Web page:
Born in 1949 in Seoul, Korea, Sung Sam Park began painting at the age of 13. His talent and teaching abilities were quickly recognized and in the 1960s, while still a junior high school student, Park won many awards and competitions. He even assisted his teacher in grading other students.
Park continued to gain recognition, but his father was determined to have his only son gain a career in business. Park eventually had to leave his home and live with his friend in a nearby farming village. This proved to be a blessing in disguise, as he was surrounded by nature and people who made their living from the earth. These aspects of his new home would shape his direction as an artist.
Park attracted the attention of prominent artists and heads of state. Byen Si-Jin, former university president of Jo-Joo Island, was his private art teacher and mentor. The former president of South Korea, Yun Bo-seon, personally awarded him first place in many national competitions held by the Mok-Woo Art Society. Park is still the youngest person ever to have participated in these competitions.
After high school, Park spent six months in the army before enrolling in the Seorabeol Art College (later known as Chung-Ang University). After graduating in 1973, Park would take his teacher’s advice of venturing into the world and traveled to France in 1982, where he studied painting and lived with other young artists in Paris. His artistic style today clearly reflects the inspiration of the French Impressionists. He met several art dealers who would invite him to visit many countries, including Spain, Morocco and Greece.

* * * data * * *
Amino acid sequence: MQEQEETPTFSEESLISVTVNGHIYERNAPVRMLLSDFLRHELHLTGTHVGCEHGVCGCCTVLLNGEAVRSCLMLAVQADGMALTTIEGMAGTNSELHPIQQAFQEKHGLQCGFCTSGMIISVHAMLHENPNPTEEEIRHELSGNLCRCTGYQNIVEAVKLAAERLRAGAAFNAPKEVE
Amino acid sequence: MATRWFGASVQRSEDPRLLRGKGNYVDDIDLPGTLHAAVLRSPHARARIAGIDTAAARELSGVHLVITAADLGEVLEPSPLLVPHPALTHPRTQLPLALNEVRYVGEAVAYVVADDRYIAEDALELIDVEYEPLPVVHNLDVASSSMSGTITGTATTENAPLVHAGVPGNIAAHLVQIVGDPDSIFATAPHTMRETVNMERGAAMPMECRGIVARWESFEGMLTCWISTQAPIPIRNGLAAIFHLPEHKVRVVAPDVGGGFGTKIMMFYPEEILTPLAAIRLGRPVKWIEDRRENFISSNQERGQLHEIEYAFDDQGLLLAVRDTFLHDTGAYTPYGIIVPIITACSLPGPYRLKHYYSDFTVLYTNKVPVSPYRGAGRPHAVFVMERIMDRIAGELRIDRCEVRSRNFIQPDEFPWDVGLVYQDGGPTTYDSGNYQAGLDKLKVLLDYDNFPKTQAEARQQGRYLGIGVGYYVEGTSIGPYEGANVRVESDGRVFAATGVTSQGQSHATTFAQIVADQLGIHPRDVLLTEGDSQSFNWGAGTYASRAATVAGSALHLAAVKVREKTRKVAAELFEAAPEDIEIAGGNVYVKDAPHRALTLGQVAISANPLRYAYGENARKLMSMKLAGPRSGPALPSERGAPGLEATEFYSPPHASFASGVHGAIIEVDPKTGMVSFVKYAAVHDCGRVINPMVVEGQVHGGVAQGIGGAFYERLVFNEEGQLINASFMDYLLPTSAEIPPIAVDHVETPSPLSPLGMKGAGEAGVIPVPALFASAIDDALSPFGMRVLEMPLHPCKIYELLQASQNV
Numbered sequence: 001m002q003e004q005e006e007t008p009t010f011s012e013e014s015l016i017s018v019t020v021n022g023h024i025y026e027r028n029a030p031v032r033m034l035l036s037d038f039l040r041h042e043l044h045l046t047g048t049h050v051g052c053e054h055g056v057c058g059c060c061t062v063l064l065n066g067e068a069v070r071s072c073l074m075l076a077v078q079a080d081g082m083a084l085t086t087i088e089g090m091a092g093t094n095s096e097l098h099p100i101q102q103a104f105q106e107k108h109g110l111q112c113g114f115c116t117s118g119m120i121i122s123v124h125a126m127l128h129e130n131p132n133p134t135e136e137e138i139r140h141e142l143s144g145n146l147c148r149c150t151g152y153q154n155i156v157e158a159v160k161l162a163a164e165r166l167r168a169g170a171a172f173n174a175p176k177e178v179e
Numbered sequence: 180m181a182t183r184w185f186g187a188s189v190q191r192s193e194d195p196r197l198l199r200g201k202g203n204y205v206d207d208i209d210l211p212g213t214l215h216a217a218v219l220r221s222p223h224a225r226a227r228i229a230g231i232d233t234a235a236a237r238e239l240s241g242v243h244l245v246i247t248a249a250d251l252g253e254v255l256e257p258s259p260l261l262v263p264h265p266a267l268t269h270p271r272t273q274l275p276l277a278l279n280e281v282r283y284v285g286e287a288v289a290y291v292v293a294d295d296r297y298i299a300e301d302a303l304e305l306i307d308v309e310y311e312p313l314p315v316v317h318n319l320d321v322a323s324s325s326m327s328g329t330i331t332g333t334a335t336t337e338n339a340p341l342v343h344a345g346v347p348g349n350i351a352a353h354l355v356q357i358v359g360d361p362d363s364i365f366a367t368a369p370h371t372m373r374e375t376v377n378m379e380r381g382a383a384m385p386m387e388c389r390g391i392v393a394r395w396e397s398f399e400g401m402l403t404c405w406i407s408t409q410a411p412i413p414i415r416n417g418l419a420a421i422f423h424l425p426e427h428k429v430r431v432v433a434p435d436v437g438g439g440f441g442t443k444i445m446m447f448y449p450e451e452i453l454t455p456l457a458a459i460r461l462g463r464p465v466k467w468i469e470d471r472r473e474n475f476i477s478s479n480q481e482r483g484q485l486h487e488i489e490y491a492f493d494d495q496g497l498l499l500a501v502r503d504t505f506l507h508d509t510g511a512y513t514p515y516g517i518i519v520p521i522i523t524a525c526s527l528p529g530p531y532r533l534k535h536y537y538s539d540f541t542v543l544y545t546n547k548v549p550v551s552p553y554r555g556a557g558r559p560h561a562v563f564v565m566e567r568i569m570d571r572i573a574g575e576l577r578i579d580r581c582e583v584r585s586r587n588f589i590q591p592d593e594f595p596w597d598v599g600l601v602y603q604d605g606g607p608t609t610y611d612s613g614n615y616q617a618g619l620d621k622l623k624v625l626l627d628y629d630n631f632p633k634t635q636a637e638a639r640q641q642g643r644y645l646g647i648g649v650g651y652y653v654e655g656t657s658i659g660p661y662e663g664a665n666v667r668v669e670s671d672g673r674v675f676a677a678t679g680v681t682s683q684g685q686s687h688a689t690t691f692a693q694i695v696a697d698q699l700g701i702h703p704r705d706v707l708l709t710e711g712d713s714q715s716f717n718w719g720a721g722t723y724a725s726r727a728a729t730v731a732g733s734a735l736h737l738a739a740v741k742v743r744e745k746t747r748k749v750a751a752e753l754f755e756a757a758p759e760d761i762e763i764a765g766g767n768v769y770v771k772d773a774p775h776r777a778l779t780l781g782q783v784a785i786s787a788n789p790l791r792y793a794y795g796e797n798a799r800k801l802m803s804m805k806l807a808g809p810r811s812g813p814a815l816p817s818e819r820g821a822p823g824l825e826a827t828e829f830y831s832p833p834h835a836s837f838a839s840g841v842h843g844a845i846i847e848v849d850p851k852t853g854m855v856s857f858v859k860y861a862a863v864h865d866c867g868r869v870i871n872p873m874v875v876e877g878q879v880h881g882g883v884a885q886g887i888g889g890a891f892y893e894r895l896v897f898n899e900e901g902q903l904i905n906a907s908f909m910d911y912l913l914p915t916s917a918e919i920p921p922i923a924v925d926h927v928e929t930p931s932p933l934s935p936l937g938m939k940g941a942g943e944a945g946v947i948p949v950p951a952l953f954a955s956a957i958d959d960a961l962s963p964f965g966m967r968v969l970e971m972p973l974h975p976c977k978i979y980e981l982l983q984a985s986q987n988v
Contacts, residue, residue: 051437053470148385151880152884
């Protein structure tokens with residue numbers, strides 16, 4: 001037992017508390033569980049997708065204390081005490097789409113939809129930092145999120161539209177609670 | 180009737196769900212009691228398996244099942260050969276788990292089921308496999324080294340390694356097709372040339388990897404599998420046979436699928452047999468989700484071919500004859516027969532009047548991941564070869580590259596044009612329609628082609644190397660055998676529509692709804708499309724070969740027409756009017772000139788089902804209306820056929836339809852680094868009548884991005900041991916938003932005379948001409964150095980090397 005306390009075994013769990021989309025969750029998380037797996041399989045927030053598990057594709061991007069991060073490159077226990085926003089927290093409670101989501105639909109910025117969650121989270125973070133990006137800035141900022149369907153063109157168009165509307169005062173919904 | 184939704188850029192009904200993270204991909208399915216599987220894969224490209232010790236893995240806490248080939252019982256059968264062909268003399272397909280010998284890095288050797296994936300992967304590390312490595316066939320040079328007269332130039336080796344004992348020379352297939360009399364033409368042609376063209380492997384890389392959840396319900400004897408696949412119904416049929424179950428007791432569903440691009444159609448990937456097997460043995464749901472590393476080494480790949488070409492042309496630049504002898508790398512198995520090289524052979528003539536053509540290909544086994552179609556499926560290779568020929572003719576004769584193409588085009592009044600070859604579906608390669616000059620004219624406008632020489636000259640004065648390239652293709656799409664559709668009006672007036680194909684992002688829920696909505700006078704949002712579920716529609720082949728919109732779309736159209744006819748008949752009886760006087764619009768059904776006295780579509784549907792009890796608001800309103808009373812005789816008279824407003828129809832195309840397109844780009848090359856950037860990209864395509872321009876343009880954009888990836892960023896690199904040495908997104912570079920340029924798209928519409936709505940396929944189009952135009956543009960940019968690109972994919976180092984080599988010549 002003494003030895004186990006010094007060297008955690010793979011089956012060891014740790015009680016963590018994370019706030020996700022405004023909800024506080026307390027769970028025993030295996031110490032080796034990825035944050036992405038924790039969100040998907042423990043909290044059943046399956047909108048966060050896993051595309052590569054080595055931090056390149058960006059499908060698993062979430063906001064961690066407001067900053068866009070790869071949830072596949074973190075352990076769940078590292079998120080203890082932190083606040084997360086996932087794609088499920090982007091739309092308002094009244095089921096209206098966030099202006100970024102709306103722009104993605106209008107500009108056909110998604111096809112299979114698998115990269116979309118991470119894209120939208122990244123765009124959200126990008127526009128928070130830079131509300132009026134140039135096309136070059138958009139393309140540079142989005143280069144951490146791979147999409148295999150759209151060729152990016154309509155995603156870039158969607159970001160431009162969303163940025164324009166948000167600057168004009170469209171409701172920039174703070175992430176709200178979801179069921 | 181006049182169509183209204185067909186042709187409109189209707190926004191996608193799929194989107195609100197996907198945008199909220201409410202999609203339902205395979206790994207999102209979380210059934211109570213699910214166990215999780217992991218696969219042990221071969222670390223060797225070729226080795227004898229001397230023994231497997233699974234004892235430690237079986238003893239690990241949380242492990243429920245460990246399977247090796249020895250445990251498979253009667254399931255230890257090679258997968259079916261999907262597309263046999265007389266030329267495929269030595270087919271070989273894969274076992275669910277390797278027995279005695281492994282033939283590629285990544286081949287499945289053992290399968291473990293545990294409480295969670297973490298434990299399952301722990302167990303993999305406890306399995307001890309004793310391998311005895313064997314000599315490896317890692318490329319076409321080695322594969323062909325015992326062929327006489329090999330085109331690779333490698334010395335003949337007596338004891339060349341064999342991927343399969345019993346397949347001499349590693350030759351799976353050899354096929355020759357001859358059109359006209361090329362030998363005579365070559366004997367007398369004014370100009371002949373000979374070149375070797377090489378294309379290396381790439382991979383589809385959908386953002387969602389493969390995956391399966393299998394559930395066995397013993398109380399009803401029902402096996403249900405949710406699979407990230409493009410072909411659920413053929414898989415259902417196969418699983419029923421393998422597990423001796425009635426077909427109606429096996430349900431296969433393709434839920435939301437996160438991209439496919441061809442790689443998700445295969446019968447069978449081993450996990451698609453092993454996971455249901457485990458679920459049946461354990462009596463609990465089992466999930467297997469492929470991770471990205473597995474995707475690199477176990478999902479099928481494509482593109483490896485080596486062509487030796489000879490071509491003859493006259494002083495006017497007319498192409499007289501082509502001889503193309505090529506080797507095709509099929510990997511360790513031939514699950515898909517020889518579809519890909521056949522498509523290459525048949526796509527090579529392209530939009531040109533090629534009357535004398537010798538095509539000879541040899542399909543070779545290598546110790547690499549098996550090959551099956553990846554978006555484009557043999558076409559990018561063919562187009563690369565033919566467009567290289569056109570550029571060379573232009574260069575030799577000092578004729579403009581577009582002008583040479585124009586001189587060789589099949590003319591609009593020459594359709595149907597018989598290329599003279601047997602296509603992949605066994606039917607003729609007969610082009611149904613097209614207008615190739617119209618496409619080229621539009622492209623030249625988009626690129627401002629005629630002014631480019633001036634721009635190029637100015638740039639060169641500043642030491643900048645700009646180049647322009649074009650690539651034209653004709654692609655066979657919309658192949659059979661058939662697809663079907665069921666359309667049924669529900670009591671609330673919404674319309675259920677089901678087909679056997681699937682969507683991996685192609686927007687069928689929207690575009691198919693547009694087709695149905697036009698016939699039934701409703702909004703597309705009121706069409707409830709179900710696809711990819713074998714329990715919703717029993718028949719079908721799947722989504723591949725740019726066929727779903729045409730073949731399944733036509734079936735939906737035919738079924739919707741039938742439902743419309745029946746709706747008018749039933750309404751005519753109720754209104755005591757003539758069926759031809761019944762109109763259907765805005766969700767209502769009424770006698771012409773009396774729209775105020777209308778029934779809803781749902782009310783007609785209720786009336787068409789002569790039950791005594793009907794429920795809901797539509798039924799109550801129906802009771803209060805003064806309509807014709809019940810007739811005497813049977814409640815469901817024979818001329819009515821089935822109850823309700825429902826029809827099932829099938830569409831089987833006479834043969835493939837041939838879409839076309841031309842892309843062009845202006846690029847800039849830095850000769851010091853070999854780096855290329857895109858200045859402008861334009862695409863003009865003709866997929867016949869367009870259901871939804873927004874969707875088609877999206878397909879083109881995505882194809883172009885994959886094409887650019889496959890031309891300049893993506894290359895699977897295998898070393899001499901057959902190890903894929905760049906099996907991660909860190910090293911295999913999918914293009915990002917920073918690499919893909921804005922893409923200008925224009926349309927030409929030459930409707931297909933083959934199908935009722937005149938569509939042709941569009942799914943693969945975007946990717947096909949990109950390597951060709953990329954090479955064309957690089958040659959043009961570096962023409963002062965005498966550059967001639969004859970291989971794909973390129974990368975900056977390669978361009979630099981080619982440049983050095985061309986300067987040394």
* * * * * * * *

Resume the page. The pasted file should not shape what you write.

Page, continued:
Park returned to Korea briefly in 1984 to participate in the national Olympic-sponsored art competition for the upcoming 1988 Seoul Olympic Games. With more than 2,000 entrants in the competition, Park won and received a Gold Medal. Following the Olympics, Park’s painting was purchased by the Hyundai Corporation for permanent display at their corporate headquarters.
In 1986, Park became a member of the jury of Heart and Mind Artists Association of Korea, which is the organization that assesses all artwork presented for juried competition in that nation.
Park returned to Europe, where he lived for the next 14 years with his wife and son primarily in France, but also in Greece and on Cyprus. While living on Cyprus, Park was commissioned by the President of Cyprus to paint the First Lady’s portrait. This and five other paintings by Park are currently displayed in the collection in the Presidential Palace. A painting that Park did while in Greece was of Michael Dukakis’ birthplace, and was later purchased by the former Governor of Massachusetts.
While in Provence, Park continued to study and to evolve, creating his own voice with his New Impressionism. He made his color combinations more precise and established an overall configuration that gave rise to stronger impressions. He works exclusively with a palette knife, with the exception of a small brush for details, and uses pure colors to give his work immediacy and vibrancy.
His paintings are based on real places, but he takes a great deal of artistic license when presenting his ideal locations.
He established himself in several European galleries, and continues to exhibit in many of them today. His works were written about in a variety of newspapers and magazines, including the European Travel Press and Euroko, a Korean magazine in Europe.
Park came to the United States in 1994, he continues to live on the coast of Southern California. He has exhibited in several American galleries and in March 1996 he first exhibited at the New York Artexpo. With more than 70 one-man shows to his credit, Park is one of the best known Impressionists today.
“America is a country of opportunity,” Park says. “In Europe an artist’s background is more important than his work. But in America, an artist recognized for the quality of the work he produces.”